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The science behind caramel

Updated: Sep 17, 2023


The word Caramel is English and French, but it originatesfrom the Latin word “Calamellus” which means sugar cane or in Medieval Latin the word, “Cannamella.” “Canna” means cane and “Mella” means honey. The Medieval Latin seems to describe the word perfectly because Caramel is sugar transformed into a liquid which resembles honey in its taste, colour and consistency.


The first caramel product that I tasted began a sentimental food story in my life and this was the Banana cue and Camote cue. Aged 2, my father left Cebu and tried to find a better job in Manila, leaving me and my mother alone in Cebu. During that period my mother tried her best to help the family by cooking Banana cue and Camote cue and selling it to the neighbors. I also wanted to help by selling the banana cue and camote cue to the nearby school. My mother would pack the newly cooked banana cue and camote cue in a bilao covered with banana leaf. I used to put the bilao on my head and shout “banana cue!” as I walked to school while my mother closely watched me.


Caramel is part of Filipino food history and is also for many other countries. I used to love the brittle yet chewy “Tira-tira” that my parents bought from the wet market. Tira-tira is a pulled-sugar candy with a chewy-brittle texture and it has amild caramel-sweet taste. I remember that I always used to struggle to eat it because of how chewy it was.


Another caramel product that I remember is Ampao. It is popped rice coated with caramel, the caramel serves as an adhesive to stick the popped rice into shapes such as rectangles, squares or logs. It is a great snack for children as it will fill them up during the day and provide lots of energy.


No one can go without eating caramel popcorn at the movies.I am definitely addicted to this snack. The sugary coating adds flavour to the traditional corn snack that we buy at the cinema.


Caramel’s history is not clearly written in food history but it was believed that it was discovered by the Arabs as early as 1000 AD. They call it, “Kurat al Milh” which means a sweet ball of salt. Around 1800 AD people discovered the softer and chewier version of caramel by adding milk and fat to the recipe.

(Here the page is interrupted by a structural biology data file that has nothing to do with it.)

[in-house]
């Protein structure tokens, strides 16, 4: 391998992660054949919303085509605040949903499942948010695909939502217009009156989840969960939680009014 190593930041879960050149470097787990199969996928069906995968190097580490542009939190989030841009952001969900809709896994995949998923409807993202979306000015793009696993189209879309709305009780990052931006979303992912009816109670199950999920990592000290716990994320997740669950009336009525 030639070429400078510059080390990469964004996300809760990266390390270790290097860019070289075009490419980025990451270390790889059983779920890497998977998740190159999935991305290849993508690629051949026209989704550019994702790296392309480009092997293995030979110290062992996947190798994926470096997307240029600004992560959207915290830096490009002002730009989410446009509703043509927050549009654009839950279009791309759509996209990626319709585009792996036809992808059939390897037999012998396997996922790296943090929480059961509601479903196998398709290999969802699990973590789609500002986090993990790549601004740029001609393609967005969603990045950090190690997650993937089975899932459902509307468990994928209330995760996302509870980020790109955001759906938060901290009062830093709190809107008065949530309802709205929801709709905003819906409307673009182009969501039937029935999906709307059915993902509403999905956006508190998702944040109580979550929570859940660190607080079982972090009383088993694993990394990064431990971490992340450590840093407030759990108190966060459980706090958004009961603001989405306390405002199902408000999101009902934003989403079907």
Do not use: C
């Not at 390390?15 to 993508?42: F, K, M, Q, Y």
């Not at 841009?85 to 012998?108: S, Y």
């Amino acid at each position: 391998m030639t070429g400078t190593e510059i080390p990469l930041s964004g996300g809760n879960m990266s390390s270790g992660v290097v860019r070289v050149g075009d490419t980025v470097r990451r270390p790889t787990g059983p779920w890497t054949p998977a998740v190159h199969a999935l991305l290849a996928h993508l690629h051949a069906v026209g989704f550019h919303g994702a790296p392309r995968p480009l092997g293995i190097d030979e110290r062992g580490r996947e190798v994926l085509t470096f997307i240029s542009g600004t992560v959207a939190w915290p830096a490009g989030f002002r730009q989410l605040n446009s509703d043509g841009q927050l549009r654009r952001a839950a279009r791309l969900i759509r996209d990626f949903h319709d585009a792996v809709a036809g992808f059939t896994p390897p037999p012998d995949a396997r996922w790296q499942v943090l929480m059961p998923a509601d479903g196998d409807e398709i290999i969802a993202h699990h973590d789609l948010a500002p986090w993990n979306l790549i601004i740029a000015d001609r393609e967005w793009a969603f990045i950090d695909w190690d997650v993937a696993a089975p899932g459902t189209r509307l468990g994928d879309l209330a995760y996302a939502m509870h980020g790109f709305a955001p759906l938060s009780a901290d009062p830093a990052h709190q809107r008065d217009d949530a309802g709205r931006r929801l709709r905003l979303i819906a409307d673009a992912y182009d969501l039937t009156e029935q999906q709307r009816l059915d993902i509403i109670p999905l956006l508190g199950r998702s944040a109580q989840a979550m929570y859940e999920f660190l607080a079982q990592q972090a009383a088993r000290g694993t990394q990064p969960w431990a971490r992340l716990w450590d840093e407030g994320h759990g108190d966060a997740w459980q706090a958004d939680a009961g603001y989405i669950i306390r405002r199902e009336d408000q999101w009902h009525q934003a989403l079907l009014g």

I believe that the origin of Caramel came with the discovery of candy in the pursuit for sweet indulgence and comfort. I will therefore, be sharing two recipes that everybody shouldtry.


What is the chemistry of Caramel


Caramel is created by heating sugar, which turns its colorgolden brown. This process is known as caramelization. This process is the core and basic step in creating a variety of sweet indulgences such as caramel ice cream, caramel popcorn, caramel cake, caramel bar and caramel candy.


Caramelization involves heating to achieve a brown color and a non-enzyme type of browning reaction. The other browning process in food is Maillard reaction and enzymatic browning. Maillard reaction is also a browning process involving heat to create a darkening of pigments during heating, this process usually happens while baking bread, cakes, and pastries. The Enzymatic browning is the oxidation or discoloration of fruits due to the enzyme and chemical reactions after its exposure to oxygen.


During Caramelization when the heat is applied to the sugar molecule, the atoms move faster making them flow loosely, thereby converting the solid to a liquid state.



Steps in Caramelization Process


Sucrose Inversion C12H22O11 (sucrose) + H2O (water) + heat —> C6H12O6 (glucose) + C6H12O6 (fructose)


Sucrose breaks down into fructose and glucose – occurs at 180C


Dehydration - due to the heat applied the moisture present in the sugar granules will evaporate.


Fructose and Glucose (decomposes into aroma molecules) – furans, diacetyl, maltol and ethyl acetate


Furans (it is a colorless volatile liquid) has a nutty smell

Diacetyl (It is a yellow or green liquid) has a buttery smell

Maltol has a toasty smell

Ethyl acetate (colorless liquid) has a fruity smell


Re-combining of Glucose and Fructose (during this stage the brown color is produced, the melted sugar changes slightly and the texture is developed. Both the glucose and fructose forms into one molecule again. This process will produce water that evaporates eventually creating the caramel with agolden brown color with nutty, buttery, toasty, fruity smellsand tastes.

Salted Caramel Sauce Recipe

cream - 300 grams (any type of cream will do)

butter - 100 grams

vanilla extract - 10 grams

white sugar - 180 grams

brown sugar - 120 grams

boiling water - 150 grams

sea salt - 5 grams

Salted Caramel Sauce Procedure

In a small thick bottom sauce pan heat up cream together with butter on a medium-low heat until all butter has melted.

In a large saucepan over low heat, stir the white sugar and brown sugar with the boiling water until the sugar has dissolved. Use a pastry brush dipped in cold water to brush the sugar crystals from the side of the saucepan. Stop stirring, increase the heat to medium and simmer until the caramel reaches a light amber colour. Remove from the heat and add the cream/butter mix carefully (as it will boil), whisking constantly until smooth. Add the salt to taste and stir well.

Immediately pour into sterilised jars and screw the lids on firmly. Store unopened at room temperature for up to 3 months. Refrigerate once open and use within a week. Reheat portions in the microwave on medium power.

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